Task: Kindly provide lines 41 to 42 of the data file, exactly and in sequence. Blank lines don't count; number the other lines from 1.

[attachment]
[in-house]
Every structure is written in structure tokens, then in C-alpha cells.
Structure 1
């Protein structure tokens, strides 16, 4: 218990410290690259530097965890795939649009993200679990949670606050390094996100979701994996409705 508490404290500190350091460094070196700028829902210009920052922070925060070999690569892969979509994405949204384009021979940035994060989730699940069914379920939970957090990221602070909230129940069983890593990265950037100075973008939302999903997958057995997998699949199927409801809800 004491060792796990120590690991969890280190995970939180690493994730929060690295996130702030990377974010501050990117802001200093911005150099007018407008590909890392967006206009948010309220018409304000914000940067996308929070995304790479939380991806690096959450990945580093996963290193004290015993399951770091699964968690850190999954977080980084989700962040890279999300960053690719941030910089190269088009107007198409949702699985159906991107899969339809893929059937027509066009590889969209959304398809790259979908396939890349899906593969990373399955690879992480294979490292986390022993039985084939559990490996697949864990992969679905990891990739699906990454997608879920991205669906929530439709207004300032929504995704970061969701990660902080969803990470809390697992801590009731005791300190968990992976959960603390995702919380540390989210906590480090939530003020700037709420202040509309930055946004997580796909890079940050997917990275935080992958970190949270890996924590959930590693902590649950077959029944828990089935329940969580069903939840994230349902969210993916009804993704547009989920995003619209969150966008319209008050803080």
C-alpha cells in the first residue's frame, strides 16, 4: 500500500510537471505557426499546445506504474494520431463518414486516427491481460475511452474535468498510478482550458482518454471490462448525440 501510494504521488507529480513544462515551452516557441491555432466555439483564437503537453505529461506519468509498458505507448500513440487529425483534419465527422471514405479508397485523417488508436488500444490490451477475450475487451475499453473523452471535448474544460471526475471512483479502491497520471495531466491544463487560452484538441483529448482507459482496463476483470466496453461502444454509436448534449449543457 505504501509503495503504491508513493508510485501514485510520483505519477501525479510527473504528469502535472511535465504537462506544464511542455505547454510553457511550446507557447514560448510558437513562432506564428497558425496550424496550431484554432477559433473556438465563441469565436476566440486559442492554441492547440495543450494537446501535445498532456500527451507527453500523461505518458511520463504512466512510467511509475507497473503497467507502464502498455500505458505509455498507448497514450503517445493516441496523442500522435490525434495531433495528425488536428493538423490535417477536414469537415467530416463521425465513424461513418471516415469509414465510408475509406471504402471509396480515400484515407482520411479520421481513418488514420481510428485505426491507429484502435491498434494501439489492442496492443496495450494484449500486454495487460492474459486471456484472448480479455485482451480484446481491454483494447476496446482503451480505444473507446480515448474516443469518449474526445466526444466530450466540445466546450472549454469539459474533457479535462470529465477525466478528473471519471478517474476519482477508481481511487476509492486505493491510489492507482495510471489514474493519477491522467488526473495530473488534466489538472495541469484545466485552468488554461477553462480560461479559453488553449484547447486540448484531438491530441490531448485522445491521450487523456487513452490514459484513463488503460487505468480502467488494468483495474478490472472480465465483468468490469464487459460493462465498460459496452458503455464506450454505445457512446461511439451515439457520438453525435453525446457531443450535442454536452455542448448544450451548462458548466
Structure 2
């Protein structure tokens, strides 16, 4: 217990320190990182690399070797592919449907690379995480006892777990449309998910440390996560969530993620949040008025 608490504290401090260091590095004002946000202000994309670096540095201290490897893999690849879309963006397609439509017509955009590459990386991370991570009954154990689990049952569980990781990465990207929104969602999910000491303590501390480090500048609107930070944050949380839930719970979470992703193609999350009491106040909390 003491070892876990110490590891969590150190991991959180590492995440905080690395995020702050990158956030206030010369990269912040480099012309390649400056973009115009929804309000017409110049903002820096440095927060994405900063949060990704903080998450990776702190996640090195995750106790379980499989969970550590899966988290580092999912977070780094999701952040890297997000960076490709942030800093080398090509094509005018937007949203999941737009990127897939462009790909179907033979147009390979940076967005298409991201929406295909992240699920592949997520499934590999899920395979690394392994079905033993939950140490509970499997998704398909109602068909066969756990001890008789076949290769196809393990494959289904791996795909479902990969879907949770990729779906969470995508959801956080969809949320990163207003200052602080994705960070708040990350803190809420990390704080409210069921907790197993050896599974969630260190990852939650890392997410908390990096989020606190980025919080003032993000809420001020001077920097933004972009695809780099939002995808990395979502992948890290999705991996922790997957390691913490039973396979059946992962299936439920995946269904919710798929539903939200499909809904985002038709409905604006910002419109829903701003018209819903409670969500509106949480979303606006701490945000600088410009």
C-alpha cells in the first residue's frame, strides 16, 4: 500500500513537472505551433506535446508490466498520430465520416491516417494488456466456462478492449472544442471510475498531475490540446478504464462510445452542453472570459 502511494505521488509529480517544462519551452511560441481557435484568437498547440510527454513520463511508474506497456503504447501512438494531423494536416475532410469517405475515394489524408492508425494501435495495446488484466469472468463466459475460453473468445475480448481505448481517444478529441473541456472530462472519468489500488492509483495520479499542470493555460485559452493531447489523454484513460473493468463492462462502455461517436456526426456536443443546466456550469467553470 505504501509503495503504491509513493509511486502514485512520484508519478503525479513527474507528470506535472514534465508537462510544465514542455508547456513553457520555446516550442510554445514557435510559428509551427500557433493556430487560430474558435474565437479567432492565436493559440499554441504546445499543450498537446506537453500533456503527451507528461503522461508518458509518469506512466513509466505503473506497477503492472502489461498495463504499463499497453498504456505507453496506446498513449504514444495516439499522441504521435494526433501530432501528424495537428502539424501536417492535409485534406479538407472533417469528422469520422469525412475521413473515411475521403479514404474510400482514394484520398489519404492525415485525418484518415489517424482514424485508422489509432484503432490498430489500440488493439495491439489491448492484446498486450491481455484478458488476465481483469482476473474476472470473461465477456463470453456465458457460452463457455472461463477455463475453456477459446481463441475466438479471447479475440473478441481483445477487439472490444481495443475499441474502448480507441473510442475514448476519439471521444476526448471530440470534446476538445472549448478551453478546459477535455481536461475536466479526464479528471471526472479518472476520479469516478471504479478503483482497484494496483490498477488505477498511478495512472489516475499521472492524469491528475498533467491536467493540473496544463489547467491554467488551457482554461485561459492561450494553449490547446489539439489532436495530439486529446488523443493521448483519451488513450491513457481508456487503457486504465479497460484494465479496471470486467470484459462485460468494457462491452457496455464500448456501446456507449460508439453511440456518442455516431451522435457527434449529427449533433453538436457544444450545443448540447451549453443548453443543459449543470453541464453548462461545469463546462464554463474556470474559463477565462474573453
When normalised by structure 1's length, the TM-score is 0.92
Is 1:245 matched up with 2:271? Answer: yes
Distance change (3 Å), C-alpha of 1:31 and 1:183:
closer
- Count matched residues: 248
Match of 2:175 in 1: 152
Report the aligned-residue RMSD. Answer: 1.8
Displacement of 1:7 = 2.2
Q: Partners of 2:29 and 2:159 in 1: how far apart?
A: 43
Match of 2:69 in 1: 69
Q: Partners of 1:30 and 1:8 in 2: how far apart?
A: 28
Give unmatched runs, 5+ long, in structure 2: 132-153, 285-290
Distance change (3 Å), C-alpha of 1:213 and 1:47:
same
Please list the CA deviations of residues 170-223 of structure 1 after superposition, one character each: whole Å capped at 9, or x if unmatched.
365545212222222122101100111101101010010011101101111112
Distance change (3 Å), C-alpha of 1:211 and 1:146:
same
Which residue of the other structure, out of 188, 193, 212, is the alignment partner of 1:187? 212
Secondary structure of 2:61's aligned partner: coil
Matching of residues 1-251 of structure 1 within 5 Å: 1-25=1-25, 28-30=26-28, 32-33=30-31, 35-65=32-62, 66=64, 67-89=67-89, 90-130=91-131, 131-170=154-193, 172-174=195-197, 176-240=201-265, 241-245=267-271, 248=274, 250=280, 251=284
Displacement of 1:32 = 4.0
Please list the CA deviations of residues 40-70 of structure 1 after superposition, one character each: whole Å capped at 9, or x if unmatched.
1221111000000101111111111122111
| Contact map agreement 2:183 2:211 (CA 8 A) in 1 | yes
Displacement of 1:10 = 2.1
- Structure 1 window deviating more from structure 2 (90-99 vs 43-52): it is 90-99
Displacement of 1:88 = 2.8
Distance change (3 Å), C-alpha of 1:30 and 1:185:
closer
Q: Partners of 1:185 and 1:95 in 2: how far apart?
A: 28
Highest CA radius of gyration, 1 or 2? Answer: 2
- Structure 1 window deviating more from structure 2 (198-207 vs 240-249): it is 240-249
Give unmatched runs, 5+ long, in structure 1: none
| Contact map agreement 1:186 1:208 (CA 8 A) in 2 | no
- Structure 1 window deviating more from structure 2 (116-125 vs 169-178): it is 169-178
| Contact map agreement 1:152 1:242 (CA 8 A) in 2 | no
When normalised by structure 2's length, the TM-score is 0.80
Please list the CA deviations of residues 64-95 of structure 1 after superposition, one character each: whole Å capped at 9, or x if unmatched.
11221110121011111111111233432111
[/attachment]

Q: Partners of 1:185 and 1:95 in 2: how far apart?
A: 28